Due to recent developments on the Facebook privacy front, it seems certain that Facebook’s ordeal with the Federal Trade Commission is far from over. The first probe into their privacy practices was recently concluded, with some pretty steep conditions imposed.
But now the Electronic Privacy Information Center (EPIC) is calling upon the FTC to probe even further into Facebook’s privacy practices, claiming that their organization is unhappy with how the previous settlement turned out. EPIC specifically wants the FTC to get a handle on how Facebook conducts “privacy through obscurity”.
“Privacy through Obscurity” is a simple but effective method to provide security. Basically, it makes content more difficult to get to. Right now, any information you have in Facebook would be impossible to get if you have restricted viewers’ access to it. Once you grant your permission, there’s very little protecting it from prying eyes. Their biggest beef is the fact that the new Timeline feature makes user data so much easier to uncover. The simple act of scrolling through a page would provide people with an ample view of what you have been up to for the past years – information that could possibly be used by stalkers, hackers or scammers to get to you. EPIC believes that data should be harder to get to in order to deter these “bad elements” from trying to gather data about their targets.
Before, people had to repeatedly click the “older posts” button to get to the info they need. It was inconvenient for people who innocently wanted to ‘Facebook Stalk’ their friends – but more importantly, it was inconvenient for hackers and scammers. Friends who want to “catch up” can just do so by sending a message or striking up a conversation on chat but Hackers need to be a little more subtle on how they obtain their data. However, with the new Timeline feature, hackers or identity thieves need only to scroll down to find posts that might possibly reveal information or clues to common security questions.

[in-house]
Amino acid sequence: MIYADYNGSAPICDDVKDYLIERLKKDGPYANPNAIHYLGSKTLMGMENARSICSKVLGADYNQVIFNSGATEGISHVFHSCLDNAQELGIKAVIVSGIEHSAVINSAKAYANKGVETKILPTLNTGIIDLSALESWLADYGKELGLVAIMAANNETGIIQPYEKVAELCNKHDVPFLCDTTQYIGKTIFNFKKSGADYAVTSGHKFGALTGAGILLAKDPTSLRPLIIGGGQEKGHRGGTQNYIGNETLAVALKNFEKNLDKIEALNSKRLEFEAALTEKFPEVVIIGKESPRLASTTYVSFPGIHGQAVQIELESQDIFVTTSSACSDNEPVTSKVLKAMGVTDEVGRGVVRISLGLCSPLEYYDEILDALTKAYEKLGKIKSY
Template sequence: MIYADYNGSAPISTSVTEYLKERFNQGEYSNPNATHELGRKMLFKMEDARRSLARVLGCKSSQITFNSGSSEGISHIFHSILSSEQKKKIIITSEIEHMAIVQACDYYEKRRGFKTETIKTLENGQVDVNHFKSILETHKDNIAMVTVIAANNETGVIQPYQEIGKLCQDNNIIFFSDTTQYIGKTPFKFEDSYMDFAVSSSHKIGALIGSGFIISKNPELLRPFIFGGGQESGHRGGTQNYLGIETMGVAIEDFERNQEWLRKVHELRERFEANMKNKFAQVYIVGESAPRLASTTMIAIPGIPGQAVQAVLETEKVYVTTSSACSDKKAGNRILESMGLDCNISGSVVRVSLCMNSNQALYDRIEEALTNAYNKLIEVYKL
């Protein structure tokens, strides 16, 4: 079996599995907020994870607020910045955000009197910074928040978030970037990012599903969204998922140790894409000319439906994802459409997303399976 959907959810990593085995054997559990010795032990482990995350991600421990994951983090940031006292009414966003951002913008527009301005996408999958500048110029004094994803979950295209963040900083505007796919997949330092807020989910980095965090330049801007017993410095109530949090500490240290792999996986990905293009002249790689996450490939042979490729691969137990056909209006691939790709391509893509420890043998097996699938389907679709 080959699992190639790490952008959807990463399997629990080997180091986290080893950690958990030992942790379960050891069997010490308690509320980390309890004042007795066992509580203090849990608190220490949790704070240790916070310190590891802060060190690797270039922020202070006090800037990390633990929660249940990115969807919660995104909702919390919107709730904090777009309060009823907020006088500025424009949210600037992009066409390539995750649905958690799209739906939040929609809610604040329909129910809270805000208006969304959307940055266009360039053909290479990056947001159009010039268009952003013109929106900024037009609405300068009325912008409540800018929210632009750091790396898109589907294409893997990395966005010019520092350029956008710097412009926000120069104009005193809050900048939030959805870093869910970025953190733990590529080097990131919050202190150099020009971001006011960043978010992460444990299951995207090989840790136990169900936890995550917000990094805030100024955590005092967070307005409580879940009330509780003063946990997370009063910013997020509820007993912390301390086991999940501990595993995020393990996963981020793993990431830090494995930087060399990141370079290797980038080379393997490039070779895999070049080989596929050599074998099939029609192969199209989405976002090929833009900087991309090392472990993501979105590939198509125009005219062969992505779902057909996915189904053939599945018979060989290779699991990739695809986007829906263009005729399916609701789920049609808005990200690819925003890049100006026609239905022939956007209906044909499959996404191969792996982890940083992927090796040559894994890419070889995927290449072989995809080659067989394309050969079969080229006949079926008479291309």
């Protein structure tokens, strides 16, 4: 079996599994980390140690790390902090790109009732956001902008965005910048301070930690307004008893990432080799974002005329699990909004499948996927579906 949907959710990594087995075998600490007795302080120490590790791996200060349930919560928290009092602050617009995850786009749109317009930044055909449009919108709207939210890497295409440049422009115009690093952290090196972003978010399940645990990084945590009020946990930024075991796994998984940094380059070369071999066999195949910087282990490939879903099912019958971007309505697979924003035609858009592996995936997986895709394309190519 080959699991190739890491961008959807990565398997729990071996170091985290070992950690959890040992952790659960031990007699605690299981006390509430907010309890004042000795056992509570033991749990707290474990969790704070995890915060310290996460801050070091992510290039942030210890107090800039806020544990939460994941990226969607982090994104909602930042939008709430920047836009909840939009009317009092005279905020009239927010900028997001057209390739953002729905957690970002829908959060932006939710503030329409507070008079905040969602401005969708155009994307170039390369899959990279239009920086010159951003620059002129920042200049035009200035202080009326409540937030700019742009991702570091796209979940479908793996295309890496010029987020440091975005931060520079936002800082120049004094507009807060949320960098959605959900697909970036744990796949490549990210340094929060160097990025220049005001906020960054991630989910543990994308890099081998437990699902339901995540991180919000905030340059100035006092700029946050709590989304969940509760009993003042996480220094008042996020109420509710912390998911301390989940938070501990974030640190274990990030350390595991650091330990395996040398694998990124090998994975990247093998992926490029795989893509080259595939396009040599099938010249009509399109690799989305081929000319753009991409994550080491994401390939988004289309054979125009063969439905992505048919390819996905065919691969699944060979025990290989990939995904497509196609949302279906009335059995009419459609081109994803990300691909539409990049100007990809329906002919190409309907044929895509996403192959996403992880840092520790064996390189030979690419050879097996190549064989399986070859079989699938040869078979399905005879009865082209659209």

Facebook responded by saying that the very purpose of the 7-day grace period, which they provide new Timeline users, is for them to take out anything they don’t want others to see. Also, any content that’s in your Timeline was previously visible to others at one point or another, so it’s pretty much fair game.
But then EPIC says that it’s ridiculous for Facebook to claim that Timeline makes no impact on privacy because the very nature of the feature would infringe upon users’ ‘privacy by obscurity’. People have already assumed that these posts have been buried over time, and to have them turn up on their Facebook Timeline would cause them to disclose more information than they ever intended to.
Now, more than ever, it is essential to limit your Facebook friends to people you actually know and trust. If you choose to befriend casual acquaintances, gaming buddies, or if you use Facebook to meet new friends, you should use Facebook lists and privacy options to further secure your information.